Case law: Employer with policy penalising sickness-related absence must make 'reasonable adjustments' for disabled employee
Employers whose policies allow them to take disciplinary action if an employee is away from work for a certain period will normally be indirectly discriminating against disabled employees and must consider making reasonable adjustments, a recent ruling clarifies.
This update was published in Legal Alert - March 2016
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An employee was off sick for 62 days. The cause was found to be post viral fatigue and this meant she was disabled. Under her employer's attendance policy, the employer could issue warnings and impose other disciplinary sanctions once certain periods of absence had been reached. The employee had reached one such a 'trigger point' and was put on a written warning.
The law says that where an employer operates a provision, criterion or practice ('PCP') which puts disabled employees at a substantial disadvantage compared to their non-disabled employees, it is indirect discrimination. The employer is required by law to make 'reasonable adjustments' so a disabled employee is not disadvantaged.
The employee claimed the employer should make two adjustments. One was that her absence due to her disability be disregarded and her warning withdrawn. The other was that the attendance policy should be extended for her in the future.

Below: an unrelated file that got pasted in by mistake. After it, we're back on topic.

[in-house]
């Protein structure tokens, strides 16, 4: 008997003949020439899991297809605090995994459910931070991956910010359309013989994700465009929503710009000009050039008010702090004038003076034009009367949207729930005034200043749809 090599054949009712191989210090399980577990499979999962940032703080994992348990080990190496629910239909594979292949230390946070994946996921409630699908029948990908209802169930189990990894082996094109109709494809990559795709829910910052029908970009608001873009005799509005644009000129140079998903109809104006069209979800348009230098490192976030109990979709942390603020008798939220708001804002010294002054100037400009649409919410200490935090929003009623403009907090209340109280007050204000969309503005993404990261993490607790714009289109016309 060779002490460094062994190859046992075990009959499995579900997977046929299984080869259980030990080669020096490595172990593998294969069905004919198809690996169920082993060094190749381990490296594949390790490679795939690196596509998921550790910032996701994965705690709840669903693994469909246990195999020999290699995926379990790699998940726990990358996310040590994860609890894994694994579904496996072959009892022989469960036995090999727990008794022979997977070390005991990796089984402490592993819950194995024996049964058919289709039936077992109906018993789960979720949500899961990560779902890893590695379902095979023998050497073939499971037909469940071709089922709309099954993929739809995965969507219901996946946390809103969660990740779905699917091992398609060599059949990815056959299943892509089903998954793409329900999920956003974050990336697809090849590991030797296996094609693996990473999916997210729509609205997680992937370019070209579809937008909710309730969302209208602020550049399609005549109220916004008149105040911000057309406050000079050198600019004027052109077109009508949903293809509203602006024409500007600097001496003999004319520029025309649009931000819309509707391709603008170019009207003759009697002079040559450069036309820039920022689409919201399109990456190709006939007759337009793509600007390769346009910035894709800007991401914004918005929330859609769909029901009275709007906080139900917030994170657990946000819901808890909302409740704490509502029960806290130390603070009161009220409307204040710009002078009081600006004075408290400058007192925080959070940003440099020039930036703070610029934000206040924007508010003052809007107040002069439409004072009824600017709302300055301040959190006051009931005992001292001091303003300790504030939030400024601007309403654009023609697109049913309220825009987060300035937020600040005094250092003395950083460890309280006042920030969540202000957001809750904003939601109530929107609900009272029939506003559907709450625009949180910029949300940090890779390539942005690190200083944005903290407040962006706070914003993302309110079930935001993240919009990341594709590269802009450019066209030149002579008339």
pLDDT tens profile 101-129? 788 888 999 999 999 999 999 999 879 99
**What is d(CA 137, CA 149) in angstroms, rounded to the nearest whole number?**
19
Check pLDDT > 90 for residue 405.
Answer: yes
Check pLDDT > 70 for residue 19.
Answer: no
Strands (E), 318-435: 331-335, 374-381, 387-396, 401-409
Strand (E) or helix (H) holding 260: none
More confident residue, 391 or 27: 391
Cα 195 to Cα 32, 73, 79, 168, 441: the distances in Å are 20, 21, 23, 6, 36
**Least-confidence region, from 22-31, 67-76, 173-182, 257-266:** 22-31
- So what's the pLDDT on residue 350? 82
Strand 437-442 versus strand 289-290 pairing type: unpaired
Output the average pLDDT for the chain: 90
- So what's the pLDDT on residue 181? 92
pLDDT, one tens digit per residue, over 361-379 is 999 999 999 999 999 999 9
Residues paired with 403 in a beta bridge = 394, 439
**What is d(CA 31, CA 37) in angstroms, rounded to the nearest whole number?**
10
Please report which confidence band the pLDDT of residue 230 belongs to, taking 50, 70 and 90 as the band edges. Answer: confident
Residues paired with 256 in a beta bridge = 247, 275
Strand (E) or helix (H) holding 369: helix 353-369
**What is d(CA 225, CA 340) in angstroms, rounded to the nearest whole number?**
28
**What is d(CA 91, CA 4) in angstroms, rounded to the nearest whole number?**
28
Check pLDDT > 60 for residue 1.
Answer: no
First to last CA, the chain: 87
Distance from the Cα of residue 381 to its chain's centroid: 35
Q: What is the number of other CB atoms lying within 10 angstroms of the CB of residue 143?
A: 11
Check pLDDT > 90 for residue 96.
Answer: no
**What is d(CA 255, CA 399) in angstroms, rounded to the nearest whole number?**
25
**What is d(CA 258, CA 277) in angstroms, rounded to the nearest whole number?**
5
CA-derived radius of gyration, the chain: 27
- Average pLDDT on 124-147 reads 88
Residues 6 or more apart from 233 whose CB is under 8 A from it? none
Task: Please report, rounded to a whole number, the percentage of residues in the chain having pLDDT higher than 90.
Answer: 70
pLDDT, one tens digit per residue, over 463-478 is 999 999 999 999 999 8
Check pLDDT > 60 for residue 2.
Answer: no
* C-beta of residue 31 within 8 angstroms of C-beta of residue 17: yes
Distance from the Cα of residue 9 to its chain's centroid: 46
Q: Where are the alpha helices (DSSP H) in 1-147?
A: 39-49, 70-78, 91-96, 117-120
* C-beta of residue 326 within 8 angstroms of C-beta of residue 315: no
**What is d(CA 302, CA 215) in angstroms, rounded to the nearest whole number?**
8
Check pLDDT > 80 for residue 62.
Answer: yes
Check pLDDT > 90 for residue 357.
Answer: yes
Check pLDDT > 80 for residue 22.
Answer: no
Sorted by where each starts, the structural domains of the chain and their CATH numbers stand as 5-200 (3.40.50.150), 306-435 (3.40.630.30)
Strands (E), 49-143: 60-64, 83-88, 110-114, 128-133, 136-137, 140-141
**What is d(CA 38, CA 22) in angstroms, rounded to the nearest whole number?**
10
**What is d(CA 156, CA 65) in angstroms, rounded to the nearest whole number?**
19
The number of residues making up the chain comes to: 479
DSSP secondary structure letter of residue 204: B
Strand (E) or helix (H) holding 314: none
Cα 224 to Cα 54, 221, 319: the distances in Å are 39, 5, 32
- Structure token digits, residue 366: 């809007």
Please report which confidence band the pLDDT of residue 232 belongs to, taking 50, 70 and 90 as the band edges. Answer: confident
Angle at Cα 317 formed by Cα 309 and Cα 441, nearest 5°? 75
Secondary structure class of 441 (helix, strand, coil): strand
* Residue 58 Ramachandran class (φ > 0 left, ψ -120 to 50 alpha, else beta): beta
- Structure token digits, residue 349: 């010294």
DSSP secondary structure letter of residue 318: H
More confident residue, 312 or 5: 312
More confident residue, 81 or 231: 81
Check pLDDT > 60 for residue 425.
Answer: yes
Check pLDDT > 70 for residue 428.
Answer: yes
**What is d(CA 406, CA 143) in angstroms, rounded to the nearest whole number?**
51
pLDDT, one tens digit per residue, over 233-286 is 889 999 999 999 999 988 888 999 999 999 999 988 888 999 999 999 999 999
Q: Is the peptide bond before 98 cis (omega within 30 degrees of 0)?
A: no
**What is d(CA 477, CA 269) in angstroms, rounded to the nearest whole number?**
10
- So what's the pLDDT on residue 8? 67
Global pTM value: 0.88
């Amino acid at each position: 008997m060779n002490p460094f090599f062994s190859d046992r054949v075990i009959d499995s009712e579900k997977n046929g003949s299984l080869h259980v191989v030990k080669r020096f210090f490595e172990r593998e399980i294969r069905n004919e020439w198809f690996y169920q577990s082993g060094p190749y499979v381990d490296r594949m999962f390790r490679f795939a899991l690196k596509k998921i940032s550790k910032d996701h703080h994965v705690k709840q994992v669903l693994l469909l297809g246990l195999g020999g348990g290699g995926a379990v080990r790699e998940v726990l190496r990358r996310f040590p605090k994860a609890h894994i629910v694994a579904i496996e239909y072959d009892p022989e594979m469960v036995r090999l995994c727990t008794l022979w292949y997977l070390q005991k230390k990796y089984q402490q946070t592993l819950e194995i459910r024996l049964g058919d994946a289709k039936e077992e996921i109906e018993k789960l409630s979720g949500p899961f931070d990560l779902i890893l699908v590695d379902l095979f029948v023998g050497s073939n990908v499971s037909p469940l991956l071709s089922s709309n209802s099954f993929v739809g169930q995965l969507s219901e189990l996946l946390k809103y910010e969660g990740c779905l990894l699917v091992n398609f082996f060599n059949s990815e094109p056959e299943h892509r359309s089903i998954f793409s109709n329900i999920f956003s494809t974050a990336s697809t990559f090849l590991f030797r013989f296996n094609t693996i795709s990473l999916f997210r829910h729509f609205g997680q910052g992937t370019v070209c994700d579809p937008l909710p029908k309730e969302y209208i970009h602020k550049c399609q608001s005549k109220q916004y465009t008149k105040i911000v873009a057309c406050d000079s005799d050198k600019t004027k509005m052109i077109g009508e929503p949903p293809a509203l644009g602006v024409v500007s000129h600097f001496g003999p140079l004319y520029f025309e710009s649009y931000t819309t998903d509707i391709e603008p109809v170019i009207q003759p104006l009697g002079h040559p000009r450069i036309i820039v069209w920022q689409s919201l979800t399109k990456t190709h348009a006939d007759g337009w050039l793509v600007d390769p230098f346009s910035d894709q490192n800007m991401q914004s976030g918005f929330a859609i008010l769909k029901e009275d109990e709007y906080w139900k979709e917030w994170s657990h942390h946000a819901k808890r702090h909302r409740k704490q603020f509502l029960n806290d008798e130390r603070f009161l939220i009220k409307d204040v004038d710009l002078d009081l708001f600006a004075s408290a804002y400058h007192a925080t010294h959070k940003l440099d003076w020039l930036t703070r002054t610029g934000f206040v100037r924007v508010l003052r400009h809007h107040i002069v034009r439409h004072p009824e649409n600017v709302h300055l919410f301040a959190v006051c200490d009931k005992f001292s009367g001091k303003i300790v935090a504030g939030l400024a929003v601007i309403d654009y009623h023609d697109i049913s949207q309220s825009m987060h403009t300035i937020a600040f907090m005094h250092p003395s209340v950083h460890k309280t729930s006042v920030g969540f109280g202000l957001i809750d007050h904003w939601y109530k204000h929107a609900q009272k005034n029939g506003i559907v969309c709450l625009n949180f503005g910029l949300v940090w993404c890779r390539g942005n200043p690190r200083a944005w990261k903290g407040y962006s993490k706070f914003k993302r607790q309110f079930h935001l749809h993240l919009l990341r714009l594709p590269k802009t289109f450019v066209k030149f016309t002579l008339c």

The Court of Appeal agreed that the employer's requirement for an employee to be at work for a particular number of days or face disciplinary proceedings was a PCP which put her at a substantial disadvantage compared to able-bodied employees. The employer was therefore under a duty to consider making 'reasonable adjustments'.
However, the Court went on to say that the adjustments the employee had asked for were not reasonable. The purpose of the reasonable adjustment rules was to enable disabled employees to carry out their work, or return to work after an absence caused by their disability. The adjustments sought by the employee were not to do with her return to work, but how her absence from work due to her disability should be treated.
- Employers whose attendance (or sickness absence) policies allow them to take disciplinary action if an employee is away from work for a certain period will normally be indirect discrimination against disabled employees and must consider making reasonable adjustments
Case ref: Griffiths v The Secretary of State for Work and Pensions  EWCA Civ 1265
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